My favorite pair of pants has a rip in it. I got the tear from the scissor-like tusk of a rank wild boar.
On Nov. 14, I woke up at 4:30 a.m. and made the long hike in the dark by headlamp to a ground blind near a creek bottom. I’ve been spying on that spot from a distance with a spotting scope. Two real solid bucks, one of them a tall-tined 10-point and the other an old 8-point, live in that stretch of broken country. Both bucks are 145-150 inches and worth losing sleep over.
It was barely shooting light when I saw the tall-racked 10-point headed my way. He was very nervous, taking a step and scanning the brush around him. A smaller buck was with him. Finally, he got as close as 25 yards, but he was so on edge I could not lift my bow. There was barely a breath of wind. I did not dare move. Suddenly, he tossed his head up, stared hard toward the creek, and then put his flag up and bounded away. Thirty seconds later, out stepped a tank-sized wild boar, swishing his tail back and forth as he got closer.
When the big hog was broadside at 20 steps, I sucked the bowstring of my 64-pound Hoyt Carbon Matrix bow back as quietly as possible. The hog never knew I was there. I steadied the bright green pin one third of the way up from the belly line, tight in the crease of the hog’s massive shoulder. When I touched off the arrow buried 12 inches deep, stopping against the off-side shoulder. The big hog barely flinched, but then side-stepped a few yards, unsure of what had hit him. He walked towards my exposed hideout, little more than a few cedar branches piled under the canopy of an overhanging cedar tree. He was standing ten yards away, and then he started to wobble. He fell over and was dead in mere seconds. The razor-sharp broadhead had pierced both lungs. It is so amazing how deadly a single, well-placed arrow can be, even on a beast.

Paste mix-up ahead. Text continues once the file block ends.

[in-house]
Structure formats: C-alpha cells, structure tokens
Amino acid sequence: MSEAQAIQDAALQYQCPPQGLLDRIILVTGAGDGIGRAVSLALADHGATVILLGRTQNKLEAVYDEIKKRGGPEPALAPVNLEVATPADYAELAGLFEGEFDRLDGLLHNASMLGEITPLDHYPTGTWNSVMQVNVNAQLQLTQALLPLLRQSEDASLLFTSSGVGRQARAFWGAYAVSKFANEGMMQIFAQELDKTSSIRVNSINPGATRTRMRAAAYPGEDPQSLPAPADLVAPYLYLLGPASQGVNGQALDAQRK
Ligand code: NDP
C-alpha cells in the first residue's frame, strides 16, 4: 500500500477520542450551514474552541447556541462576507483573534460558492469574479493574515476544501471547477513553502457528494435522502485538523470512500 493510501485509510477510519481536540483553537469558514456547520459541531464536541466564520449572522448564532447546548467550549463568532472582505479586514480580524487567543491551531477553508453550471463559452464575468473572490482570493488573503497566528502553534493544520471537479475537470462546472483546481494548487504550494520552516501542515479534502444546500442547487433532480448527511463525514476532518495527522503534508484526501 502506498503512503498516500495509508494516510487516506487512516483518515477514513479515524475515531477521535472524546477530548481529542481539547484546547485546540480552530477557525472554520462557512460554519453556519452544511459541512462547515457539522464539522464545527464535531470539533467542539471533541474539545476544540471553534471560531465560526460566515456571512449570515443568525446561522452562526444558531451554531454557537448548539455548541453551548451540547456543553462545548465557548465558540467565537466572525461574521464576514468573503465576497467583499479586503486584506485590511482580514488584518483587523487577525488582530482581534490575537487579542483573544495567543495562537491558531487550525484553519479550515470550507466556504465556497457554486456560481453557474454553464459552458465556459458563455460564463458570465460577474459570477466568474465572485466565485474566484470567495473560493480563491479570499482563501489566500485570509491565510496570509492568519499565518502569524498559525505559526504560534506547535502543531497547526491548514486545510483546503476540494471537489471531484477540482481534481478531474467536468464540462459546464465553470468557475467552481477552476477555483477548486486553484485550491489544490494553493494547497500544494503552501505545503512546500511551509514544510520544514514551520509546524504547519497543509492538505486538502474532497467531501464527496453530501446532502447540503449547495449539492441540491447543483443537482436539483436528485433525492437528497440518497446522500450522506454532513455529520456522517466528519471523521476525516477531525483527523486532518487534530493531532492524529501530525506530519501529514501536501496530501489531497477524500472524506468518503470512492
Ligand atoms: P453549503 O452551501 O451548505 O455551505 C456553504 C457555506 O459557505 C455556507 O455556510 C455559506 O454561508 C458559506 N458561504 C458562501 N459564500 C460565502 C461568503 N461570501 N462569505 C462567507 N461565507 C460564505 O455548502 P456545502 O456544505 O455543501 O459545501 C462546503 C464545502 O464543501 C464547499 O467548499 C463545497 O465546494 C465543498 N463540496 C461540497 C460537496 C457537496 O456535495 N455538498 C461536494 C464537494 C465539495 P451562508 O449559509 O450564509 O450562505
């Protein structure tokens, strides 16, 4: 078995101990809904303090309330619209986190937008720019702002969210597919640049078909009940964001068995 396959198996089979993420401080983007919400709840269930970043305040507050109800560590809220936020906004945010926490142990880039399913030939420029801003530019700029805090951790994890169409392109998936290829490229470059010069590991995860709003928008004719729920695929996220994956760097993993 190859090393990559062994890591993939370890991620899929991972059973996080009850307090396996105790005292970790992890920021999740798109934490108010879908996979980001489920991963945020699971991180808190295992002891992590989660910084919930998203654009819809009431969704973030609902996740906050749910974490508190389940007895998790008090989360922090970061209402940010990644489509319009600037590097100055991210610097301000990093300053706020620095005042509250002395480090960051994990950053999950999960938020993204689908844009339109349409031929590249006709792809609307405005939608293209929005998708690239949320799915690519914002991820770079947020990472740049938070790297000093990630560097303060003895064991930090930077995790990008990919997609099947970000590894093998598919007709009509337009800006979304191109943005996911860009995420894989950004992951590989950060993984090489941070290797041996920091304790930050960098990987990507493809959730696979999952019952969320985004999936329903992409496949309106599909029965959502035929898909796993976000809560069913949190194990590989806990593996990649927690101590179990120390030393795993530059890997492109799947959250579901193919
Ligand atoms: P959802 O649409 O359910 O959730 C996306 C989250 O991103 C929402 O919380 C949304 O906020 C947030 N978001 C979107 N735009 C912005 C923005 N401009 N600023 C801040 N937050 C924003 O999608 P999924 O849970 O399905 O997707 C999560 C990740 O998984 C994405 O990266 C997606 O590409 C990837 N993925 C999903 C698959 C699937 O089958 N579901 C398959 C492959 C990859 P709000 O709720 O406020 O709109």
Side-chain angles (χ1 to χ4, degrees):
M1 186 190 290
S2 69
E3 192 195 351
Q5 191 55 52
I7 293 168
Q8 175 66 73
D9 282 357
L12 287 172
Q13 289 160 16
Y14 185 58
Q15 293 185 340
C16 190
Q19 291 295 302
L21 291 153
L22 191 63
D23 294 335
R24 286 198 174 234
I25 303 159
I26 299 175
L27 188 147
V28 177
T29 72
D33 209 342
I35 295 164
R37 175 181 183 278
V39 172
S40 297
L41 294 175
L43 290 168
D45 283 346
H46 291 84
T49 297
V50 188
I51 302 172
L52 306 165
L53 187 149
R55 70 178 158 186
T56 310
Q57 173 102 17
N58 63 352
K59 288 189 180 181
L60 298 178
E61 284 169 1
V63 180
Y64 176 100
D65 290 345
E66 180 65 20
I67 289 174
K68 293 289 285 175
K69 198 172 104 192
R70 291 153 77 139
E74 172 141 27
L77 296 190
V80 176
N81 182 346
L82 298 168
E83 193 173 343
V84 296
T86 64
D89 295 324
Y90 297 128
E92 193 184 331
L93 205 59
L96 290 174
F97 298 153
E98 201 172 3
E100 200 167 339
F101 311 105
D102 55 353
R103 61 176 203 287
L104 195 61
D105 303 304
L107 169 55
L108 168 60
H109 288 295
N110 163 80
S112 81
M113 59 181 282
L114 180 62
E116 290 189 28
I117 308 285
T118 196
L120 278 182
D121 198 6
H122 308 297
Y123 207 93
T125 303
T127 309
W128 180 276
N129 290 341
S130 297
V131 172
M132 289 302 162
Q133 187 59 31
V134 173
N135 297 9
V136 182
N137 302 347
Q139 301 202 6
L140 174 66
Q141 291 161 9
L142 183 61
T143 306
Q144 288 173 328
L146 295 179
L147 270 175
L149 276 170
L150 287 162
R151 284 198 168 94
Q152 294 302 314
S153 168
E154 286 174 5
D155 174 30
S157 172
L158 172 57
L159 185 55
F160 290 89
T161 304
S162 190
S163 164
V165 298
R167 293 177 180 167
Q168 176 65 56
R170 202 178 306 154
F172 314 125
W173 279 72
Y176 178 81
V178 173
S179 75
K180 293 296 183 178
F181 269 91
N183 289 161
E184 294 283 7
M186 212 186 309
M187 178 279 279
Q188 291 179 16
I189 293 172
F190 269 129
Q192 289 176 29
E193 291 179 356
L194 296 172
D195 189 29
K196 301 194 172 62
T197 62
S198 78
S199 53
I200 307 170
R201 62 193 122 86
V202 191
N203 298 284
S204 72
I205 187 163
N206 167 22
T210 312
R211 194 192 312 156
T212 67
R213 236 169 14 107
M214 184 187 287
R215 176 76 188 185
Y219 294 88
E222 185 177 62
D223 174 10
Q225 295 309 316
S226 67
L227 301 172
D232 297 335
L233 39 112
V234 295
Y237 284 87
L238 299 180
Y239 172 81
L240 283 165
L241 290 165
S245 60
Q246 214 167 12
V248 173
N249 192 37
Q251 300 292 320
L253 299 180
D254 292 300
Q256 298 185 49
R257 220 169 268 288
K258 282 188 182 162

I did not appreciate how big the hog was until I walked up to him. His chest was massive! When I went to roll him over and prop him up for photos, his razor-sharp tusk snagged my pants, a neat two-inch tear in my fancy KUIU pants. Every time I wear those pants, I’ll remember that jumbo-sized hog.
I did not get the jumbo porker on a scale, but I did take some measurements with a small tape measure. His heart/chest girth measurement was 50 inches behind the front shoulder. From the tip of his nose to the base of his tail was 58 inches. His hair color was almost like a silver-tipped grizzly bear. I would say a fair guess on his live weight was 325 pounds, maybe more. I could barely budge him to move him for photos.
Texas has too many hogs. Deer do not like sharing common ground with stinky, ill-tempered wild swine, especially around corn feeders. There are more hogs in that creek bottom, although they are sneaky and mostly move at night. I’m sure they will ruin another deer hunt for me in the future.
Now, back to hunting sweet November for those two exceptional bucks.